On October 10, an agreement with the Department of Public Health’s Board of Registration in Pharmacy was signed, stating that Ameridose and its distribution partner, Alanaus Pharmaceuticals, are voluntarily shutting down operations until October 22 to allow inspectors the access needed to conduct an investigation.
As part of the agreement, Barry J. Cadden resigned from his corporate positions at Ameridose. Cadden and Gregory Conigliaro own Ameridose, Alanaus Pharmaceuticals and the now-closed New England Compounding Center (NECC) in Framingham, Massachusetts. The NECC was the source of contaminated steroid injections for lower back pain that have currently killed 12 people and sickened at least 137 in 10 states. Department of Public Health (DPH) officials announced that Cadden has agreed to give up his pharmacist license during the investigation.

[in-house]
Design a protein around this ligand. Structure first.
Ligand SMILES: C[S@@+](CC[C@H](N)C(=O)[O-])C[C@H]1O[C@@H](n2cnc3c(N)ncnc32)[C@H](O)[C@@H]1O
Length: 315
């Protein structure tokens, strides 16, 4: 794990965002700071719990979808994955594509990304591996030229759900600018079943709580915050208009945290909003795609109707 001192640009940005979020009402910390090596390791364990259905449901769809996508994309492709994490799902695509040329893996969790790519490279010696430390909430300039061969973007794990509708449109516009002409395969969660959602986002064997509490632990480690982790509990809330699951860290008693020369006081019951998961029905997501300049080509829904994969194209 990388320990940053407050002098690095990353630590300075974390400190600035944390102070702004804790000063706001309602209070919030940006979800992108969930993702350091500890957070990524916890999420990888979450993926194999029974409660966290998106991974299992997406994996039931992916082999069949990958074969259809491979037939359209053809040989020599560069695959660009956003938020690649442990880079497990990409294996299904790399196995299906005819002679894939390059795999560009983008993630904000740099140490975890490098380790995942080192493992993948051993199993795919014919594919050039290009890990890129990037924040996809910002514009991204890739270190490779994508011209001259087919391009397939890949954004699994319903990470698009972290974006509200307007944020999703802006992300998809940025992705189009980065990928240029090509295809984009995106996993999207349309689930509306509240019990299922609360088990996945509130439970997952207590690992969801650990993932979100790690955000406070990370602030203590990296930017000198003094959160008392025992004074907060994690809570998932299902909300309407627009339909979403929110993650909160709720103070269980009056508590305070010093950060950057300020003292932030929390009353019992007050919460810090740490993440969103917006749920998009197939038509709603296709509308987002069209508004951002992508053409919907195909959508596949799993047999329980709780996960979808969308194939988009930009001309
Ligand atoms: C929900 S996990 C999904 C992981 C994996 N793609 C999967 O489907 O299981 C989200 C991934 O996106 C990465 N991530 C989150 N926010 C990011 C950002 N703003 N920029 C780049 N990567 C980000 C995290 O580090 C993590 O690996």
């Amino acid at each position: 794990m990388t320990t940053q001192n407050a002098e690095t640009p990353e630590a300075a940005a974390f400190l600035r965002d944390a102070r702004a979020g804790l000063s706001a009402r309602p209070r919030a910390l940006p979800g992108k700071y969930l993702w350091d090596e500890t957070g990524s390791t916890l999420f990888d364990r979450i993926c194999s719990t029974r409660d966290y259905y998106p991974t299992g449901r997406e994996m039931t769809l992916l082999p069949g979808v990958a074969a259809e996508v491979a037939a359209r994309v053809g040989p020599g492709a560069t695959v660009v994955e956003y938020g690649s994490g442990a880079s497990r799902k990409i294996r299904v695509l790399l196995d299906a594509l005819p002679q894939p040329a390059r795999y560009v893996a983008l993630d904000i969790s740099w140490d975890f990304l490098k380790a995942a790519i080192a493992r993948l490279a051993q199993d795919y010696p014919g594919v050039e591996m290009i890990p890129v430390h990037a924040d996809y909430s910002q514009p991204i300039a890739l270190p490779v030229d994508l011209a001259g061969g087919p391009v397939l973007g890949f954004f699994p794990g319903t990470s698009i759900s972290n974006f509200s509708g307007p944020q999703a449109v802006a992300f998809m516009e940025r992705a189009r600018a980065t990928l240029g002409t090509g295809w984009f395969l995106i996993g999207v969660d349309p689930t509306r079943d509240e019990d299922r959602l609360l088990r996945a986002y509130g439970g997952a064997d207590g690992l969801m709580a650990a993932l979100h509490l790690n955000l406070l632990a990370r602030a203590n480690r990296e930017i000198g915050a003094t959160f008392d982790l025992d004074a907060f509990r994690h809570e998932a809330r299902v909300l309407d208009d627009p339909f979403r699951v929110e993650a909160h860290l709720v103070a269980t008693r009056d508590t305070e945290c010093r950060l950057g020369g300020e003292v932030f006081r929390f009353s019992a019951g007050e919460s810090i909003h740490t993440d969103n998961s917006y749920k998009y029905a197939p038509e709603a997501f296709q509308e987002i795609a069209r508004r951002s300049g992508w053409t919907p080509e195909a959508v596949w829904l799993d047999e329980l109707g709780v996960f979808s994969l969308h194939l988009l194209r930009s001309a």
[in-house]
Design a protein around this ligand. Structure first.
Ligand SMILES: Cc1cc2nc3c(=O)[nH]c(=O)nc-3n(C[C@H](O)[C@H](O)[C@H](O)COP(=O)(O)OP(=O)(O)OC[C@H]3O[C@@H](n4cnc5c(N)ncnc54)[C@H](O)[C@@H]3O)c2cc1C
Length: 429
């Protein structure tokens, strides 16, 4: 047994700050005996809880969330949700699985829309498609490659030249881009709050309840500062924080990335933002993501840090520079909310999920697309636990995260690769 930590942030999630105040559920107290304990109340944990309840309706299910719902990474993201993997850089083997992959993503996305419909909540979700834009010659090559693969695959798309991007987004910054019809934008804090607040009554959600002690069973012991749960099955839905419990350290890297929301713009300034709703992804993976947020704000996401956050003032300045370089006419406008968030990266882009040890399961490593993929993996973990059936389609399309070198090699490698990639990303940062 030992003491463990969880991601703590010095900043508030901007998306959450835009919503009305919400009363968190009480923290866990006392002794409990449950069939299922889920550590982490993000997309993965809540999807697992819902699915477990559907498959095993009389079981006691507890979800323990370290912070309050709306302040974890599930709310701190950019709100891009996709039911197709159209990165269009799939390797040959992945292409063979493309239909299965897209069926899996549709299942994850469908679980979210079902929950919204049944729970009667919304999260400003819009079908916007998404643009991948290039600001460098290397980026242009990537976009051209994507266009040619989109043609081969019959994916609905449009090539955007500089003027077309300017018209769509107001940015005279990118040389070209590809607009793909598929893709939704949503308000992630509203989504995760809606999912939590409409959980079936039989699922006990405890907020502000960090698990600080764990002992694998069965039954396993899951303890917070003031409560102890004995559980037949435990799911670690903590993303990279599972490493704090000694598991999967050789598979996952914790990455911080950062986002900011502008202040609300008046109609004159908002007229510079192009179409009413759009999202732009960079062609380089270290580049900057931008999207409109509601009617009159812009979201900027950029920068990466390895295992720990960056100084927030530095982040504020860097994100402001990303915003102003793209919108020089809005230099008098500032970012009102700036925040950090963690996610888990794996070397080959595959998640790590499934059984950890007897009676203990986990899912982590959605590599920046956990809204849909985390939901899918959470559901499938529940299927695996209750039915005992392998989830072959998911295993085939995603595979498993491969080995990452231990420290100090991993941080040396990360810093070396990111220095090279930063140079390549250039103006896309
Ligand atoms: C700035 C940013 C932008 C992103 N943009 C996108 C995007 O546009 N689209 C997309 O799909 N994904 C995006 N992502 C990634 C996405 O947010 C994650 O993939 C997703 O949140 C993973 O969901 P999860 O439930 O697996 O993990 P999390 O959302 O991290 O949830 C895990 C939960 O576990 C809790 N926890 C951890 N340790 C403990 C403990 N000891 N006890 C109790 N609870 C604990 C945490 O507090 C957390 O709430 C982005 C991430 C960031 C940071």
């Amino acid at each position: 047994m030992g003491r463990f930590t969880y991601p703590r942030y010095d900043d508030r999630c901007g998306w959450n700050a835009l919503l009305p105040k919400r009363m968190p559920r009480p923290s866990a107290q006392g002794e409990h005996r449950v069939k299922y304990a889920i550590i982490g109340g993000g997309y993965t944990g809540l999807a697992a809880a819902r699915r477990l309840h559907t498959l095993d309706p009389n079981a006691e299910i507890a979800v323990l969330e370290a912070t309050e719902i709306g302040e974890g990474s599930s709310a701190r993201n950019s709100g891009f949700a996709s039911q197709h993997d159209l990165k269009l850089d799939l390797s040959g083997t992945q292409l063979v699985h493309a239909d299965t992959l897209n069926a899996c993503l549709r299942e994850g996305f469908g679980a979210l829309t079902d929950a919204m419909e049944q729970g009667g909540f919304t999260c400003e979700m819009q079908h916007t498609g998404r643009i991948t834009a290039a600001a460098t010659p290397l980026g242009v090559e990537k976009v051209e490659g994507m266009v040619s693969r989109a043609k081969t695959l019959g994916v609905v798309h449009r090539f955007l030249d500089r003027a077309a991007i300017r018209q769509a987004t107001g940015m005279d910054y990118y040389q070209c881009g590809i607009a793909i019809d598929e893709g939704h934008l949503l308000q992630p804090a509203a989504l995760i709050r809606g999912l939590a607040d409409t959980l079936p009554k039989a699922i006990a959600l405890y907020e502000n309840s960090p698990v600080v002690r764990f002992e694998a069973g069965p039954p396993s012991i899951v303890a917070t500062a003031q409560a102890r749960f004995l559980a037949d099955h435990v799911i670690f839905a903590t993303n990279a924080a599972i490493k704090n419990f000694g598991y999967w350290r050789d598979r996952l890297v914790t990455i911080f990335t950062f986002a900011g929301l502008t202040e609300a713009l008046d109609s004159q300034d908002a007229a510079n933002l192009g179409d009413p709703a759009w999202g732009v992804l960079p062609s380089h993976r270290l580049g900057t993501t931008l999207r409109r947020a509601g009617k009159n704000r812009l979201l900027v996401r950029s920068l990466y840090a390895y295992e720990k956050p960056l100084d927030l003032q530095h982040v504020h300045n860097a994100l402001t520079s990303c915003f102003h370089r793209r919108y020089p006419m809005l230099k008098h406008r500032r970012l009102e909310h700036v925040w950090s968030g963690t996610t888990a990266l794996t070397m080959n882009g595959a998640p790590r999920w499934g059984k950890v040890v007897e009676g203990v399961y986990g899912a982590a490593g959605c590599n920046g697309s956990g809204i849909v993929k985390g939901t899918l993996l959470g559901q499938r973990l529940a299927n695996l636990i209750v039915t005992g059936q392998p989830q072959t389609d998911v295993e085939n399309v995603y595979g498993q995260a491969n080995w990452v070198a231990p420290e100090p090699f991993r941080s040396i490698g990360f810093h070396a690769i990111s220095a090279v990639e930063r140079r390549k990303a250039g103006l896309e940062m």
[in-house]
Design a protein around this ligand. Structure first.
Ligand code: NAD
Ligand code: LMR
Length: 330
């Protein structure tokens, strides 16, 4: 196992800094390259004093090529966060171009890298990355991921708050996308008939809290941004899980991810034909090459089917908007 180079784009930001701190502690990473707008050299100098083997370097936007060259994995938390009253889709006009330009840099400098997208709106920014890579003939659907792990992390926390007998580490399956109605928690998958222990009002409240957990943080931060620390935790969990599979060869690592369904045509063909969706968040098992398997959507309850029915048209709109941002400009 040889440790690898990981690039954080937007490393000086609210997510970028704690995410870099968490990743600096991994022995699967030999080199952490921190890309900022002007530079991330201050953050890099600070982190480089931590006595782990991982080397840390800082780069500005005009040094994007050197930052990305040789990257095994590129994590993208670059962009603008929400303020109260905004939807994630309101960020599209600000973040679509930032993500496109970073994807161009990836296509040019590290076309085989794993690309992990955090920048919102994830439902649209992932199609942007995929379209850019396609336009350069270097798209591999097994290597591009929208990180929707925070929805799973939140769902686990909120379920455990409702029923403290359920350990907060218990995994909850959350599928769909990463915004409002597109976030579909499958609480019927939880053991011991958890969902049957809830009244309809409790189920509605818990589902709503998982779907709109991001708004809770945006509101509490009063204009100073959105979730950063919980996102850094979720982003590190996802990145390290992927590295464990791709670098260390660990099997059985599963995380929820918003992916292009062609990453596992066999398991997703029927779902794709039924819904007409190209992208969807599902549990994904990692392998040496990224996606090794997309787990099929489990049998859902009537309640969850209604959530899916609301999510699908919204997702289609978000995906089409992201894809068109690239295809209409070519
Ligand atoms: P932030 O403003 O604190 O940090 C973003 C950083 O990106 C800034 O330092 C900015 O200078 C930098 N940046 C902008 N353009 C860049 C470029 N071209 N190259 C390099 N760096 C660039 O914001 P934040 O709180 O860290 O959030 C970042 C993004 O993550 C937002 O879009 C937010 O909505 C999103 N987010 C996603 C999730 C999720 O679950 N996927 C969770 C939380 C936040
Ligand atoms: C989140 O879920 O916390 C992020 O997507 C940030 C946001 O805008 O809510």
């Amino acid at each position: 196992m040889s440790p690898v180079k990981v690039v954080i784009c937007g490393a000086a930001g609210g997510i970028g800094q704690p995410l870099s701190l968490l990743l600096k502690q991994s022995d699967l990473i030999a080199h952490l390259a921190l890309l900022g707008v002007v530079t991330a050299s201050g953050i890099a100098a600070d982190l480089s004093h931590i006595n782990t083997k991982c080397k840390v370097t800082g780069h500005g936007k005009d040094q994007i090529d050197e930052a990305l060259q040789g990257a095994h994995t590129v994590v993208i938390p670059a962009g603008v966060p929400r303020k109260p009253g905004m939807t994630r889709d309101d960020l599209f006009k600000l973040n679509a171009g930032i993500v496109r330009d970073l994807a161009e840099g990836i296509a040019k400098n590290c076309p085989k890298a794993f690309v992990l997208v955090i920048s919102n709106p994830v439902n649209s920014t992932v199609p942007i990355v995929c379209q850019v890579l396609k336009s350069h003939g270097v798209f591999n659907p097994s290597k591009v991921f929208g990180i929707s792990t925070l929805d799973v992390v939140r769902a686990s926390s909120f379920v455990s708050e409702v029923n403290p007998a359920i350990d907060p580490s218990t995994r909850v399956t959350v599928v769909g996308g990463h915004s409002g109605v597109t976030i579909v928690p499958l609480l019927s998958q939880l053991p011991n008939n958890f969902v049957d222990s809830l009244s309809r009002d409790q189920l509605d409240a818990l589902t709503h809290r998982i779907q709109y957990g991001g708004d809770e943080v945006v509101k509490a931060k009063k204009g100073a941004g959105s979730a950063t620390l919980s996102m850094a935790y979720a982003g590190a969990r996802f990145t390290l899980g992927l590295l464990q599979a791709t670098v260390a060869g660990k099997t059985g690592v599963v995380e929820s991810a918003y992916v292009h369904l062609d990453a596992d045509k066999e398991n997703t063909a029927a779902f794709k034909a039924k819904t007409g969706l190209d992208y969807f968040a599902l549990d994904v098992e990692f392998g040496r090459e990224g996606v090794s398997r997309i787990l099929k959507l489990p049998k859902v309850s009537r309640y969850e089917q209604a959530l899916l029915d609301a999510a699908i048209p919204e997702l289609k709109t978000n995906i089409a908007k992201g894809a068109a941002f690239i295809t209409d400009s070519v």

Massachusetts Governor Deval Patrick said that the NECC has violated the law by misleading state and federal officials by mass-producing drugs, instead of filling individual prescriptions. Health officials issued an order yesterday requiring all compounding pharmacies to sign an affidavit saying that they are complying with the law.
Pharmaceutical companies are in the business of manufacturing and selling drugs to make a profit. Manufacturers are constantly introducing new drugs into the market and, each year, thousands of people are injured or killed due to dangerous and defective characteristics. Swartz & Swartz, P.C. is committed to the persistent and unrelenting pursuit of drug manufacturers who cause serious injury or death to unsuspecting consumers. If you or a loved one has been the victim of a dangerous drug and would like to speak with an attorney, please contact us; you can call us at (617) 742-1900, or if you are outside the Boston area, call toll-free at 1-800-545-3732. We are here to answer your questions and discuss how to protect your legal rights.